From operational standpoints, establishing an invested presence in Russia does not mean one must adopt Russian managerial methods or practices. The advantages for established foreign companies is that their management culture is readily applied and absorbed by a smart and willing workforce, enabling a seamless integration given the right training and tools.

The trend towards the ultimate globalization of business despite trade wars, tariffs, sanctions and counter-sanctions is clear. The internet of the planet, the blockchain and speed of information exchange makes it so whether we wish it or not. Personally, I hope that political globalization remains stillborn as geopolitics has a historical mandate to tinker with and play havoc with international trade.

Russia occupies a key strategic position between Europe and Asia. The “west” (US/Europe) have long had at times rather turbulent relationships with China. At the same time the Chinese are quite active investors in both the US and Europe, and western companies are often struggling to understand how to deal with China.

The answer to this conundrum is Russia: this is where East and West will ultimately come together with Russia playing a pivotal role in the relations between the west and China. At the end of the day, and taking the strategic long-term economic view, is what both Chinese and Western companies are investing in when they open their activities in Russia.

If long-term commitment and investment in Russia were simply a matter of transferring funds then I would not be bothering with this opinion article. Without a doubt, there are structural issues with investing in Russia. A still evolving and sometimes unclear rule of law, difficulties obtaining finance for investments directed towards Russia, the unique language and culture of business in the country. Nevertheless, companies that have an understanding and vision of global strategy will manage with these issues and have the means to mitigate them.

Money and other invested resources do not and should not play politics; any investment case when evaluated on objective financial criteria will reveal its fit, or lack of, within a company’s global strategic business objectives. The objective criteria for Russia over any long term horizon is both convincing and strong. This has been repeated by all of the businesspeople I have met with these past few weeks. Without doubt we shall see some new companies coming into the Russian market and objectively exploring the gains their playing fair business football here will yield.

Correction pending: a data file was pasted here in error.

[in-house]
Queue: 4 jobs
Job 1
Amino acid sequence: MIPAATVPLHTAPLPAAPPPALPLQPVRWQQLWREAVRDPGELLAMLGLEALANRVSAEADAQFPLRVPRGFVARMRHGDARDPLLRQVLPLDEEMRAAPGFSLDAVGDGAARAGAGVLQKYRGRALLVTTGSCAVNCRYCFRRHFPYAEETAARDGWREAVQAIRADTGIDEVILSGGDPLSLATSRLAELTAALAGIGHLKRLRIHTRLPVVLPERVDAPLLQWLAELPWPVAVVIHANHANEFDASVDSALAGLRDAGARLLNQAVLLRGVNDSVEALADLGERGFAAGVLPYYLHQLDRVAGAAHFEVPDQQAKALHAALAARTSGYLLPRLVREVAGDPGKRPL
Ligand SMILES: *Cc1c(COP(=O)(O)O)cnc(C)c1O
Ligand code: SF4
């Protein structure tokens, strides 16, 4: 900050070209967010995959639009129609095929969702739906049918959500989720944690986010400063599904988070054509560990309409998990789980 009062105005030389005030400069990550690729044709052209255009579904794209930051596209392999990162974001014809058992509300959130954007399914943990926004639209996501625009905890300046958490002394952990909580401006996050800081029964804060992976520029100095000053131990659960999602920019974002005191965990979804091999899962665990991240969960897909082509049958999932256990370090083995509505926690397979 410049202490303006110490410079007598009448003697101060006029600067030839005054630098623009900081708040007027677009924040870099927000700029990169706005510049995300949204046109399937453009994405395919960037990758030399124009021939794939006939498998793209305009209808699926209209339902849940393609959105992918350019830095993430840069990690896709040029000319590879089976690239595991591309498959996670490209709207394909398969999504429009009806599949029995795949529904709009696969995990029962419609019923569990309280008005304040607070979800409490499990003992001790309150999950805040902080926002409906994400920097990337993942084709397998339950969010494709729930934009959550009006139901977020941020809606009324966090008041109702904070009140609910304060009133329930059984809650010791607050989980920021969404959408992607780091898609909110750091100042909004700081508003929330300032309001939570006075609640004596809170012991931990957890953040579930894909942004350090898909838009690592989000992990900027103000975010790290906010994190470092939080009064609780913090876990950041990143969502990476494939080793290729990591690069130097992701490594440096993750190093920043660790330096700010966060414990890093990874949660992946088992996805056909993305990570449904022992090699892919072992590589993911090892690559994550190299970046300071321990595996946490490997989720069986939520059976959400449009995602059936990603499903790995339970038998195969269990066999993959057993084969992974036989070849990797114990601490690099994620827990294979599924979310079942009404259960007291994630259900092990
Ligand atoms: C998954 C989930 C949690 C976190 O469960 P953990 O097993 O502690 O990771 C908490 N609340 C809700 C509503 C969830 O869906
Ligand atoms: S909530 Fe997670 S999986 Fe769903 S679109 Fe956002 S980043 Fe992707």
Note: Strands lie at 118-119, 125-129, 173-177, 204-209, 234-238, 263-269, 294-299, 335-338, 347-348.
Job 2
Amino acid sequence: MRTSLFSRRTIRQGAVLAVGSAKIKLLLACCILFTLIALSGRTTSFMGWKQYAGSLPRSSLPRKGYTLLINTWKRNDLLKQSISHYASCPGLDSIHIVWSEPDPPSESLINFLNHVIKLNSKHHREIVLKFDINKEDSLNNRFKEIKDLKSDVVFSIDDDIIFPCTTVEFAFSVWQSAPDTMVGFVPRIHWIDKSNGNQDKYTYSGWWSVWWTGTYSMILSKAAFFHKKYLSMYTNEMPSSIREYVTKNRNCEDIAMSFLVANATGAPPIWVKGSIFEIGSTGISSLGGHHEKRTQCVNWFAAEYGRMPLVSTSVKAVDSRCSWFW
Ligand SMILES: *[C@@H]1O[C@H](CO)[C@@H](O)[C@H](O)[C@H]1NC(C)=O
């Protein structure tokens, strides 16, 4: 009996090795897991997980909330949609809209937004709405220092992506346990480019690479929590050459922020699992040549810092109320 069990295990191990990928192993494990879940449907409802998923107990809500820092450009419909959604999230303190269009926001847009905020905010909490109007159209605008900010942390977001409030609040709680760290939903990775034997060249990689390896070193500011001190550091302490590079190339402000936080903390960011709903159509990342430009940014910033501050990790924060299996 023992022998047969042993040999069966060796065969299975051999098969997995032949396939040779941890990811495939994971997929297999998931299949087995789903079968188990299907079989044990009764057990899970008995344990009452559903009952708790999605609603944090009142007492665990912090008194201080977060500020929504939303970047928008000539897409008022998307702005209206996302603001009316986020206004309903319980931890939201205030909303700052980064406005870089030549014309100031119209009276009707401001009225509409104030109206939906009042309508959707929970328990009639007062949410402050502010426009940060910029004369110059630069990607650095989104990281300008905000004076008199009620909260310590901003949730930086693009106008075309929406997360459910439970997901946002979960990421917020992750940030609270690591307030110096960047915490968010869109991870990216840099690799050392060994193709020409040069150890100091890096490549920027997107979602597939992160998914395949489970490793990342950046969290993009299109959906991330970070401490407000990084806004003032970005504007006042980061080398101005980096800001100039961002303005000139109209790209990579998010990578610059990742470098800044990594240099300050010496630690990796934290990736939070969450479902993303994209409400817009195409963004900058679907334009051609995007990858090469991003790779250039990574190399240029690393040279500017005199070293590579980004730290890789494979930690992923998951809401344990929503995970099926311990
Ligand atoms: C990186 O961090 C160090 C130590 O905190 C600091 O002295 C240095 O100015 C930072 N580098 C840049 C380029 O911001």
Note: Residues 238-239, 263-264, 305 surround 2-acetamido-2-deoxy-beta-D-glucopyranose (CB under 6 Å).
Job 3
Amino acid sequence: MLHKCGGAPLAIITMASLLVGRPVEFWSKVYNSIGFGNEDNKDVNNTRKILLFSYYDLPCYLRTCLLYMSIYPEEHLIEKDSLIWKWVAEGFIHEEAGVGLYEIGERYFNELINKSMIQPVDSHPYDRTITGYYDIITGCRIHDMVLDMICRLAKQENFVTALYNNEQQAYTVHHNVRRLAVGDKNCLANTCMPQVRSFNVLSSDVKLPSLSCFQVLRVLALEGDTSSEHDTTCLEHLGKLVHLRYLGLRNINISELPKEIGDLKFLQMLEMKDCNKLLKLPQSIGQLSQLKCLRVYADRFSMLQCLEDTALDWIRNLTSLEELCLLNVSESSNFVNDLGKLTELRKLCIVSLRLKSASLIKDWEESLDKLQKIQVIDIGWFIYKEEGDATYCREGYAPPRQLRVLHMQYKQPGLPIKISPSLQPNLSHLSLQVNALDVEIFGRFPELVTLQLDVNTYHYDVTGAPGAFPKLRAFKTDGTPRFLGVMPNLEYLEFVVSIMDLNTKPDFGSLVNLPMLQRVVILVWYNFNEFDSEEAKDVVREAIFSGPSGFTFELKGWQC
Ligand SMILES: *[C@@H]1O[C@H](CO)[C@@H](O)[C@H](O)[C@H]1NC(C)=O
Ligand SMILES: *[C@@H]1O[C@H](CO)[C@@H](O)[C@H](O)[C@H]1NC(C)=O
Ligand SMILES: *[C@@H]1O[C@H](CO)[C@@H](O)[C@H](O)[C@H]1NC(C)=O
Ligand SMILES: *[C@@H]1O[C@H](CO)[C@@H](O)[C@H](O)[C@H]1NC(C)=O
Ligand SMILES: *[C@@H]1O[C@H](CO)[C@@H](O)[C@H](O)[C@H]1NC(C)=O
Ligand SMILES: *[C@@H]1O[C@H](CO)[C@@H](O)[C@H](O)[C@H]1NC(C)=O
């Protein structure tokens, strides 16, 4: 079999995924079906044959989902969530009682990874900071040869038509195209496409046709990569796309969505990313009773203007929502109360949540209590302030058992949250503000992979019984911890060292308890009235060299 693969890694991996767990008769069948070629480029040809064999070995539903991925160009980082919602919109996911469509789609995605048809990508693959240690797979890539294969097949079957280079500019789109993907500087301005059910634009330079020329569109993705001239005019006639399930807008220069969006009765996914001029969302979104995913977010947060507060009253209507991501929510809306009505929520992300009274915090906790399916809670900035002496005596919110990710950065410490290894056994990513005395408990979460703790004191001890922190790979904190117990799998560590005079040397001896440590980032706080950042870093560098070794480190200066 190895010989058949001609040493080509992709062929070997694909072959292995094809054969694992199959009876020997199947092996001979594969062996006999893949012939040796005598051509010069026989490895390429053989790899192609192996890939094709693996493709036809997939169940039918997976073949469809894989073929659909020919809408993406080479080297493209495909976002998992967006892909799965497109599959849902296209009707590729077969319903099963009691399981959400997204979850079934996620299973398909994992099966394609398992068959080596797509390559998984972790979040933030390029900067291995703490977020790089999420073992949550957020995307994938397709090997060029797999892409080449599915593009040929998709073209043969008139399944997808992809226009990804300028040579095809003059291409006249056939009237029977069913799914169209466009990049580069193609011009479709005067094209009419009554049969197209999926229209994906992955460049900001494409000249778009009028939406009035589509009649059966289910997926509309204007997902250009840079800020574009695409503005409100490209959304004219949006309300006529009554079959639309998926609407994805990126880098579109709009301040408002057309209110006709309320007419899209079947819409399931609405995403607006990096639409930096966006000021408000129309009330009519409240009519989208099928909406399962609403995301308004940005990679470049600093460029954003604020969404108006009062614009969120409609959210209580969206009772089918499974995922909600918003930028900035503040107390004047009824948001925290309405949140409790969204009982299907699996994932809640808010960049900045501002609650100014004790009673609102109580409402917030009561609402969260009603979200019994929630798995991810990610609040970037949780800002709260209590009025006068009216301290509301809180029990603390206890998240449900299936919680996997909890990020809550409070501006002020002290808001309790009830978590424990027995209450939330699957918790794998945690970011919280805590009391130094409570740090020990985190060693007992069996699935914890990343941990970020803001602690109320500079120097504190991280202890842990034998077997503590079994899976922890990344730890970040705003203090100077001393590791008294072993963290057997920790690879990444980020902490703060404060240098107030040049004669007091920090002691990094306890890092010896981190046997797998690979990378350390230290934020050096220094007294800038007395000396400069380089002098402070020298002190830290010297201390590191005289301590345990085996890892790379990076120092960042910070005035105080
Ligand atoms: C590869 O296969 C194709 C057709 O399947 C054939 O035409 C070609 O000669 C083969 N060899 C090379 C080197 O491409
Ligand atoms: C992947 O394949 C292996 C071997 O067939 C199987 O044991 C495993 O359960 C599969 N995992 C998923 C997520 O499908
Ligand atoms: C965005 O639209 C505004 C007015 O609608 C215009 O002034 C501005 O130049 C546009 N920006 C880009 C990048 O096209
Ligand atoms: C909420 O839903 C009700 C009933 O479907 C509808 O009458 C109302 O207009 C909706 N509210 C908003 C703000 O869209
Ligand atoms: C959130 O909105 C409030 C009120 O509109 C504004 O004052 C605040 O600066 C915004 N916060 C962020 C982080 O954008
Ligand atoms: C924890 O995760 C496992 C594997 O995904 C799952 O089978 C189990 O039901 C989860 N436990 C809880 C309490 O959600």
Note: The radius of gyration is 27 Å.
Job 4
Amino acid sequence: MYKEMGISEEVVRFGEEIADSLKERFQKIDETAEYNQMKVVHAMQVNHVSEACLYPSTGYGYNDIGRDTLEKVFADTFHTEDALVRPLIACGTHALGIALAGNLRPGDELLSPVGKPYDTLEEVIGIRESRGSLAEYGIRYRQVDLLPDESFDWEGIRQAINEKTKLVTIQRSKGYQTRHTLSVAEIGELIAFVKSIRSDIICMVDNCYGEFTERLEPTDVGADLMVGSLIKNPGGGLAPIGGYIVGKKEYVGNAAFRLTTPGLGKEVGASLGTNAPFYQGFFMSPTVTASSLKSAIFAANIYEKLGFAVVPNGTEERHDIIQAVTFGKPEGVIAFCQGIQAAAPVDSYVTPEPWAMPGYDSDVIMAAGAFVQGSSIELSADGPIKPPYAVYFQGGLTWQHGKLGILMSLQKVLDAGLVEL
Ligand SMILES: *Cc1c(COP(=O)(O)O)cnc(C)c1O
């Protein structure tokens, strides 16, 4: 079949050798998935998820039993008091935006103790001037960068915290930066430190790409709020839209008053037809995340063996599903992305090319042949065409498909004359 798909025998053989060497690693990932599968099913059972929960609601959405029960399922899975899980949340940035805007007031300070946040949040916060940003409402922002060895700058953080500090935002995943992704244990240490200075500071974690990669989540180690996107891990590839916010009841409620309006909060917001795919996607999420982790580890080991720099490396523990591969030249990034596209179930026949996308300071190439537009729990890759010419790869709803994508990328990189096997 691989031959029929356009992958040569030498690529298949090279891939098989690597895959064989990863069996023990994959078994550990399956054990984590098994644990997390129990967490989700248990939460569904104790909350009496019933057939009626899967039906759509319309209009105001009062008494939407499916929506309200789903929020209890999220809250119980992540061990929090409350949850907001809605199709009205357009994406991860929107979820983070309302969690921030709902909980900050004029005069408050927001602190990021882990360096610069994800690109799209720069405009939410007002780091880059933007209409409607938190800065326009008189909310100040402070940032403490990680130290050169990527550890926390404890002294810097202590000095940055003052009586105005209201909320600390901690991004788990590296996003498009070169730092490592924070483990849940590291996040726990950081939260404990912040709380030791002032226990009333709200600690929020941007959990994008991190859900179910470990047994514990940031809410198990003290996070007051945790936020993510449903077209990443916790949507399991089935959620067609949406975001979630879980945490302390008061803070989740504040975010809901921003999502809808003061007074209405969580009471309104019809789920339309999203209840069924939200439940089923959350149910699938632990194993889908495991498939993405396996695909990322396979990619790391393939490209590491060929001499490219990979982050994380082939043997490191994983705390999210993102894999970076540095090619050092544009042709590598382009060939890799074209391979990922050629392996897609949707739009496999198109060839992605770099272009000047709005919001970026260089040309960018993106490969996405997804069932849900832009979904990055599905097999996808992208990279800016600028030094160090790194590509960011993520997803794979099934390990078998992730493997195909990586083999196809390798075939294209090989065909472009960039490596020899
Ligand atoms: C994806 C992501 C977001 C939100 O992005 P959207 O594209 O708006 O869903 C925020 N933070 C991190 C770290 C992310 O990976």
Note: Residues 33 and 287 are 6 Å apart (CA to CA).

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Assessing the Putin-Trump Helsinki summit: neither a breakthrough nor a damp squib but a possible start towards detente

The US and Russian Presidents took the first step towards ending the downward spiral in their countries’ relations but the obstacles ahead remain formidable.

Alexander Mercouris

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The US and Russian Presidents took the first step towards ending the downward spiral in their countries' relations but the obstacles ahead remain formidable.

The summit meeting between Donald Trump and Vladimir Putin has finally taken place in Helsinki to thunderous condemnation on the part of many in the West.

Some talk luridly of the beginning of the end of the West.  Others talk hysterically of treason.

Others see the summit as a damp squib, which will change nothing and which will leave the relationship between the US and Russia and between Russia and the West essentially unchanged, with the current state of hostility continuing indefinitely unabated.

In my opinion both views are wrong (the first obviously so) and both misunderstand, and in the case of the first wilfully misrepresent, what actually happened in Helsinki.

I discussed the background to the summit in an article I wrote a month ago for The Duran at a time when first reports that the summit was in the offing were beginning to circulate.